With his three-game suspension complete, Michigan coach Jim Harbaugh said he gained a new perspective on his team and plans to implement policies to “make sure I don’t ever get sidelined again.” Here’s what you need to know:
- Harbaugh will be back for Saturday’s game against Rutgers after serving a three-game school-imposed suspension stemming from an investigation into alleged NCAA rules violations.
- Michigan’s alleged infractions included impermissible contact with recruits during the COVID-19 dead period, analysts performing coaching duties in practice and Harbaugh’s alleged failure to cooperate with NCAA investigators.
- Harbaugh said Michigan has “gone to the nth degree to follow every rule” but will implement policies to make sure the program is adhering to a “gold standard” in rules compliance.
- Harbaugh said his time away from the team “made me a better coach” and gave him ideas that he plans to implement with his team in practice.
What are Michigan’s new policies?
Harbaugh didn’t describe the changes in great detail but said Michigan will monitor more closely to make sure analysts aren’t performing coaching duties in practice, which was one area where the program ran afoul of NCAA rules.
“One of (the policies) is the analysts and making sure there’s absolutely no coaching whatsoever,” Harbaugh said. “You say that over and over to guys. It’s just a natural coaching instinct. I want to protect them. I want to protect me.”
Harbaugh said watching the games from afar also gave him ideas that he can implement with his coaching staff and players to help the team perform at a higher level. The Wolverines started 3-0 with four assistants sharing head-coaching duties but struggled at times, particularly in Saturday’s 31-6 victory against Bowling Green.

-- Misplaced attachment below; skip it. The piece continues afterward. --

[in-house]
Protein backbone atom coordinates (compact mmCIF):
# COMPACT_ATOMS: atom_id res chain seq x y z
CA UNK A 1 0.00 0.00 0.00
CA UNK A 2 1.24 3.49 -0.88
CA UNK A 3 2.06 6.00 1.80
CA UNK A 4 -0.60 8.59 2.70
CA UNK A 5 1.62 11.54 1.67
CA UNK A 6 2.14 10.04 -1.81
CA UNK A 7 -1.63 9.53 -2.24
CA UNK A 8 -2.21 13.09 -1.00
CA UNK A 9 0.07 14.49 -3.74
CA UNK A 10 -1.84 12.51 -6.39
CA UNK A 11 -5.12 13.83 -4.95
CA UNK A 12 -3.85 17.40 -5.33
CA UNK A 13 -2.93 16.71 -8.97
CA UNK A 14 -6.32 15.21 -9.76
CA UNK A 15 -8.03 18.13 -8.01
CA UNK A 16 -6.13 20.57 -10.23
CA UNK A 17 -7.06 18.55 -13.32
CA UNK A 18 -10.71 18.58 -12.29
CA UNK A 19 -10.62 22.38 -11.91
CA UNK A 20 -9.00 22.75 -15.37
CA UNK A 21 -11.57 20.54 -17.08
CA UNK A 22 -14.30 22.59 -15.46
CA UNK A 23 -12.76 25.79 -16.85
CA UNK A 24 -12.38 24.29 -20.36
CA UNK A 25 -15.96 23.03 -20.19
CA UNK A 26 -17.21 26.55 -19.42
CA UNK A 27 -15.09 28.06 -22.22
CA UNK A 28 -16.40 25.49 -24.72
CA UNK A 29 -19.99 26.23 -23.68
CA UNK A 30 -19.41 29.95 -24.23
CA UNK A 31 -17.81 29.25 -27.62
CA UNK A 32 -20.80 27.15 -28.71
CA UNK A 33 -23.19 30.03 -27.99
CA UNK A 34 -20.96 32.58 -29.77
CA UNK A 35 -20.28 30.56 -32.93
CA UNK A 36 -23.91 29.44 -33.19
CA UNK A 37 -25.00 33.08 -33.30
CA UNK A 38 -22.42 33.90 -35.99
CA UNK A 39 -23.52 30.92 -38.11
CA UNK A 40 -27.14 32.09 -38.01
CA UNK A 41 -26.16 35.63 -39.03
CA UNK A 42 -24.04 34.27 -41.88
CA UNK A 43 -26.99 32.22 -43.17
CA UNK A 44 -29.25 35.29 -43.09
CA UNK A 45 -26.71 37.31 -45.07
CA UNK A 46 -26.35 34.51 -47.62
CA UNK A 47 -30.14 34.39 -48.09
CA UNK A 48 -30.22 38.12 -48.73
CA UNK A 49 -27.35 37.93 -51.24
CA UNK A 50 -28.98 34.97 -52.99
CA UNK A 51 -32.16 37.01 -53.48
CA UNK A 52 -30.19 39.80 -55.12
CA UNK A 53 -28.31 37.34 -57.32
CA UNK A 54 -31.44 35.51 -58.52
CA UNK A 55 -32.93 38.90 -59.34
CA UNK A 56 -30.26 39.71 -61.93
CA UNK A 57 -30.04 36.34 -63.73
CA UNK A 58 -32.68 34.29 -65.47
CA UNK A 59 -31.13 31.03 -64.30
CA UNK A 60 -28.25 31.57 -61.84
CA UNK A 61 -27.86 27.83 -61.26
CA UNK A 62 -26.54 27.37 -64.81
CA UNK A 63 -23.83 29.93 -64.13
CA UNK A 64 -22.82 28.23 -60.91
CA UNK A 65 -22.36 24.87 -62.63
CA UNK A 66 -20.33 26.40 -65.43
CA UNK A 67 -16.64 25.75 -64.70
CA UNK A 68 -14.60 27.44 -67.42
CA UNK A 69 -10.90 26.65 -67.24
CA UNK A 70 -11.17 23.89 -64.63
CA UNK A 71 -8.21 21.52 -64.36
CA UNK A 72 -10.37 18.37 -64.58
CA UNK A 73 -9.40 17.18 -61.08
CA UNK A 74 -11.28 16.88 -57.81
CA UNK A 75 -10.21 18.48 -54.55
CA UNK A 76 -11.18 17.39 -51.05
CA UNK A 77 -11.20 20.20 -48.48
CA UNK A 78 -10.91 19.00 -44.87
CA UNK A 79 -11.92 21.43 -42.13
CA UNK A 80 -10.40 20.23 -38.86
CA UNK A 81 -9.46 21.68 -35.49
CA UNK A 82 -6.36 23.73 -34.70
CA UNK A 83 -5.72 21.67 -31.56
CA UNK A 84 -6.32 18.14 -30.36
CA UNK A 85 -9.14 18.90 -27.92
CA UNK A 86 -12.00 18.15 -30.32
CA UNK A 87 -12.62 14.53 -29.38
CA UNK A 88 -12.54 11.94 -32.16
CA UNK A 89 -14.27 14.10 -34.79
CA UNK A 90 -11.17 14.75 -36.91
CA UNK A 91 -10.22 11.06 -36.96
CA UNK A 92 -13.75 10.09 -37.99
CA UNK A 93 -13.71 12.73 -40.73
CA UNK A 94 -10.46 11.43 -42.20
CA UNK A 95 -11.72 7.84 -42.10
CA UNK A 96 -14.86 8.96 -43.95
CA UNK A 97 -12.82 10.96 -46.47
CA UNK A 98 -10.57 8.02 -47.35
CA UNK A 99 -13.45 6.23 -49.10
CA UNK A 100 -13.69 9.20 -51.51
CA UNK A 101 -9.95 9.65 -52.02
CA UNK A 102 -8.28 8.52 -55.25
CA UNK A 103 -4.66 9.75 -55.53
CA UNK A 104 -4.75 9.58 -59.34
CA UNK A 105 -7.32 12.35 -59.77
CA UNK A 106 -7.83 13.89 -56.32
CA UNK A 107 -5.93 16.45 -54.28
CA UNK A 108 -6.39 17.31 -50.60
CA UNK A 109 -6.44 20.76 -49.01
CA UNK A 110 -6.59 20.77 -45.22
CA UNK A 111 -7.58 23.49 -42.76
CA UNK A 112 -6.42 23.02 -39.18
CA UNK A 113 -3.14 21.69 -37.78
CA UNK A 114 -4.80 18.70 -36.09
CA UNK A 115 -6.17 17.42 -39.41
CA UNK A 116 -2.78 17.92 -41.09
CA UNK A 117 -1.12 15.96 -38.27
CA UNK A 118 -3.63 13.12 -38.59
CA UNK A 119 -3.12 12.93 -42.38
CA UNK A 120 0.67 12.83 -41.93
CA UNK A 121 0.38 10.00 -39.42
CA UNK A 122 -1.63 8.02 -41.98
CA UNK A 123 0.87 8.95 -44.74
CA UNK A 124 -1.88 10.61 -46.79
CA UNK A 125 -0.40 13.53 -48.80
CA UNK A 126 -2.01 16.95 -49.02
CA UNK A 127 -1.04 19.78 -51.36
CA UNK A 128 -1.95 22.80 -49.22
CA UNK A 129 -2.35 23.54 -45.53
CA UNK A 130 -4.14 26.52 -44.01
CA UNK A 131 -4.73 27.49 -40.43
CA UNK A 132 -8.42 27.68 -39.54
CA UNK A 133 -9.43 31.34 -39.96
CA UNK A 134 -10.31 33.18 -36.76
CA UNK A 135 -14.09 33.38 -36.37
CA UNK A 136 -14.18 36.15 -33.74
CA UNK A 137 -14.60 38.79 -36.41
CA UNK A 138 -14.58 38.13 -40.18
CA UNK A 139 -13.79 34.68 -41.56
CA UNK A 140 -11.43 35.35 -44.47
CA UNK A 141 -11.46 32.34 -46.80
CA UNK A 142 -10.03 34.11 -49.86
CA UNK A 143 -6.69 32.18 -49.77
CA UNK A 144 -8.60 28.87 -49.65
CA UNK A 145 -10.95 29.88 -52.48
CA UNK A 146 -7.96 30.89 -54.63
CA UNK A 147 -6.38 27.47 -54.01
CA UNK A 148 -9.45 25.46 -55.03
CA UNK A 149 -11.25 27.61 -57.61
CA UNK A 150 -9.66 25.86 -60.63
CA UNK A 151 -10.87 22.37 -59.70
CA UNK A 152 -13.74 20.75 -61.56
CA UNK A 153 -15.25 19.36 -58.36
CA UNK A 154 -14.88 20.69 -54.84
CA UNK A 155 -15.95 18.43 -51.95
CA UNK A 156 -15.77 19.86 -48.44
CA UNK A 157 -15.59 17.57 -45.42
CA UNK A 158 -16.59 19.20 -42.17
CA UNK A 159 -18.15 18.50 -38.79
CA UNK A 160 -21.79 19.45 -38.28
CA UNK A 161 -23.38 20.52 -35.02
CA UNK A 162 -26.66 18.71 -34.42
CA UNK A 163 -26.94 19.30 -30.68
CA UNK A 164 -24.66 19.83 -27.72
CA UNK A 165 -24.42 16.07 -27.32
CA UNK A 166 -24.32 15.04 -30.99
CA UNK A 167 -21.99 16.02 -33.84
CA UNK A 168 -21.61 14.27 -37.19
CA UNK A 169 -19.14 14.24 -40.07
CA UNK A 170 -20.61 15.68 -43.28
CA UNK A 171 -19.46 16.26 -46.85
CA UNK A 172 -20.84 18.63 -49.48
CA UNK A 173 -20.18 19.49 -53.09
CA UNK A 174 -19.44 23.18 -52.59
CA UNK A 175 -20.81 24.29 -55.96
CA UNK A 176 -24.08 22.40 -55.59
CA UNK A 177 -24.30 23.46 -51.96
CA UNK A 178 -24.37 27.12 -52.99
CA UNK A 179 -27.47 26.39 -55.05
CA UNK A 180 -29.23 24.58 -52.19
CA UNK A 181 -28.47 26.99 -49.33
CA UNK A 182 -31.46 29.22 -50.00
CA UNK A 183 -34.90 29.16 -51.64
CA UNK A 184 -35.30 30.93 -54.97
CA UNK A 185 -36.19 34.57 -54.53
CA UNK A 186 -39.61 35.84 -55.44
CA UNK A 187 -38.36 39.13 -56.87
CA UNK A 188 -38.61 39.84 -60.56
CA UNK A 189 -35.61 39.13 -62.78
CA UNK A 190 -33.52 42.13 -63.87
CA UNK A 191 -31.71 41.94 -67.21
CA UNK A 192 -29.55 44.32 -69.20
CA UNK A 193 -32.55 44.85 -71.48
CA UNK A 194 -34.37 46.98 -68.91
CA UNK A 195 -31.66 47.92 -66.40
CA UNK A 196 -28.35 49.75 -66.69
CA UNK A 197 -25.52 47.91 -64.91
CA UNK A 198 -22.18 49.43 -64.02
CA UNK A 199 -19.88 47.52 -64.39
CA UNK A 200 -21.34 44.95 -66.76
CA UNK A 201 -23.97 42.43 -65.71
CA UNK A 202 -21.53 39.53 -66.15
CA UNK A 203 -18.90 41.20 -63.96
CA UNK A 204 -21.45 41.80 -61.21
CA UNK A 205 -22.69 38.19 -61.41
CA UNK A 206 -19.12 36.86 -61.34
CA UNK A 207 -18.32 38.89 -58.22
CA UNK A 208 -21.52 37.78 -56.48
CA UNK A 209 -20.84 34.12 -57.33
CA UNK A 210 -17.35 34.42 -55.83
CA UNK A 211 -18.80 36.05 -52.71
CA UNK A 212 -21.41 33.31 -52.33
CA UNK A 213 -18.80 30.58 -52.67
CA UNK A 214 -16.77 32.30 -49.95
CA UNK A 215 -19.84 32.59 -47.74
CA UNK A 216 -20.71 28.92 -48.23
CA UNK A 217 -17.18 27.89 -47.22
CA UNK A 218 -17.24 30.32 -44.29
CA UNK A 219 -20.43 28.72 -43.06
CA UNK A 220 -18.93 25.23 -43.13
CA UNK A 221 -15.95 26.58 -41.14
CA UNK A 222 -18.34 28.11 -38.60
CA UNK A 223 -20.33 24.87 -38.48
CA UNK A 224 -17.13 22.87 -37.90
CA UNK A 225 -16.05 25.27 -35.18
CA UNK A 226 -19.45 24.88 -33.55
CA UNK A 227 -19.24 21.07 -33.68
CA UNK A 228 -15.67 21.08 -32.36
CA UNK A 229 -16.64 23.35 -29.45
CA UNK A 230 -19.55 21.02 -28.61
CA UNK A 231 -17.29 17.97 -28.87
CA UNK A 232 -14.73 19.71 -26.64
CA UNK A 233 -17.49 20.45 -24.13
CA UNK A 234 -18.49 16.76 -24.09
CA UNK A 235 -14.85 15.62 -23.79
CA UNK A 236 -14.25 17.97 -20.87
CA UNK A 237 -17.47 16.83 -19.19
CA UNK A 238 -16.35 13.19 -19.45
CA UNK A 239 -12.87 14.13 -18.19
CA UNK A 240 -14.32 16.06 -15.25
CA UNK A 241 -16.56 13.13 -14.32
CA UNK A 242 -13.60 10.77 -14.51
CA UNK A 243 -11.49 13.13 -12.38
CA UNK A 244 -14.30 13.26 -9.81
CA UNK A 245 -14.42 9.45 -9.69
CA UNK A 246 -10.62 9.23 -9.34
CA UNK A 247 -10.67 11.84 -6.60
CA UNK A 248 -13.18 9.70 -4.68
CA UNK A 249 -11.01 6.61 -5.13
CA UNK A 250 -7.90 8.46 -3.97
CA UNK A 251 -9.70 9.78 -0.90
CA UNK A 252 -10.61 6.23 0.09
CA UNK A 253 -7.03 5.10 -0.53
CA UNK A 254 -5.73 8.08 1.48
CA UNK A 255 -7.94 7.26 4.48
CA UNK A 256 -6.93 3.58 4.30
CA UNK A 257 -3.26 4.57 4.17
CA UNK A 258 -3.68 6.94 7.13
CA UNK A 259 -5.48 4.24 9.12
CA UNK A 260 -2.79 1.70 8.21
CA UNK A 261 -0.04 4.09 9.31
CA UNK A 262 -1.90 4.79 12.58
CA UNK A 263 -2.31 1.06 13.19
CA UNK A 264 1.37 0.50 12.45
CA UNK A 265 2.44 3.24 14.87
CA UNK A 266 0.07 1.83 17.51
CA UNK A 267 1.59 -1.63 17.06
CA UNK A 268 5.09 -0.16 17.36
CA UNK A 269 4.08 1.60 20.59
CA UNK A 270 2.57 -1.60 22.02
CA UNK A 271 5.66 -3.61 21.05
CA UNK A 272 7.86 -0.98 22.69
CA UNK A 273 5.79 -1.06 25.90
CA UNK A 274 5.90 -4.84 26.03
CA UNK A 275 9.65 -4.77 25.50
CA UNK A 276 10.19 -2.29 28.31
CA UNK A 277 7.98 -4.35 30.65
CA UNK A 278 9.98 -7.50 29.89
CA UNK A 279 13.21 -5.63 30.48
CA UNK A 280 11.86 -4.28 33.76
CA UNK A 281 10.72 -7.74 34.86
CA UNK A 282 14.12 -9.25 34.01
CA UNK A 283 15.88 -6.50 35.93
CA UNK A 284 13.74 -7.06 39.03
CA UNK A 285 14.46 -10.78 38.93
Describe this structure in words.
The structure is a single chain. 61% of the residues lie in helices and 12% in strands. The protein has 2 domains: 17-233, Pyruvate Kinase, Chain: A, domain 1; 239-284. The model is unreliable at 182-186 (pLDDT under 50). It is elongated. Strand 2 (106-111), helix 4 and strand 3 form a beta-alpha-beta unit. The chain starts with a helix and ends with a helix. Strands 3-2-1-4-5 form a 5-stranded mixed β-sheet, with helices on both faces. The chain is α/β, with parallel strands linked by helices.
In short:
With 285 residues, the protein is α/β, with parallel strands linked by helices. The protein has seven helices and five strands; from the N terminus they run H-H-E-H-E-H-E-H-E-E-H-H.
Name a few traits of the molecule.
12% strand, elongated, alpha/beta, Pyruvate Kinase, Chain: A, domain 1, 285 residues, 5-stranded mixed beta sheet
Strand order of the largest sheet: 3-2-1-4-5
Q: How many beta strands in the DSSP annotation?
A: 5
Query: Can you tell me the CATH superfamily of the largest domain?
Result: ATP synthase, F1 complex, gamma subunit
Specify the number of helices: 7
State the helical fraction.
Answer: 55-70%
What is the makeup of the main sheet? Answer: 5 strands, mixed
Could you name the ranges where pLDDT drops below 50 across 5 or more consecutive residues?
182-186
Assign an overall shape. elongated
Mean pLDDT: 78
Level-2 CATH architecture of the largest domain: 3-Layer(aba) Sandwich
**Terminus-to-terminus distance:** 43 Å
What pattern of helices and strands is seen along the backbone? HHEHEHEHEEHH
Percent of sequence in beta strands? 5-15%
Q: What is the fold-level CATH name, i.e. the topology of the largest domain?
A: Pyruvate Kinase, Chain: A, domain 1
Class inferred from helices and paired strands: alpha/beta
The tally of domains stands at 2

“Watching the game and not being on the sideline, I saw it from a different perspective,” Harbaugh said. “Here’s what we could do to make it even better.”
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What Harbaugh said
“Seeing the game in a different way, through a different lens, I think it’s made me a better coach. As a result, we’re going to implement some new things that we haven’t done as it relates to a few policies around here to make sure I don’t ever get sidelined again, ramping that up to a gold standard, and also how we watch the game as an offense.”
After attempts to reach a negotiated resolution with the NCAA broke down, Michigan announced Harbaugh’s school-imposed suspension in August and acknowledged “mistakes” that came to light during the NCAA investigation. The school-imposed suspension doesn’t fully resolve Michigan’s case but could mitigate future punishments assessed by the Committee on Infractions.
Offensive coordinator Sherrone Moore also served a one-game suspension stemming from the investigation, and Michigan didn’t host recruits on campus for the first two weeks of the season.
Harbaugh has declined to comment on the allegations but told reporters at Big Ten media day he had “nothing to be ashamed of.” He compared the three-game suspension to a “baseball bat to the kneecaps or the shoulder” rather than a slap on the wrist.
(Photo: Kirby Lee / USA Today)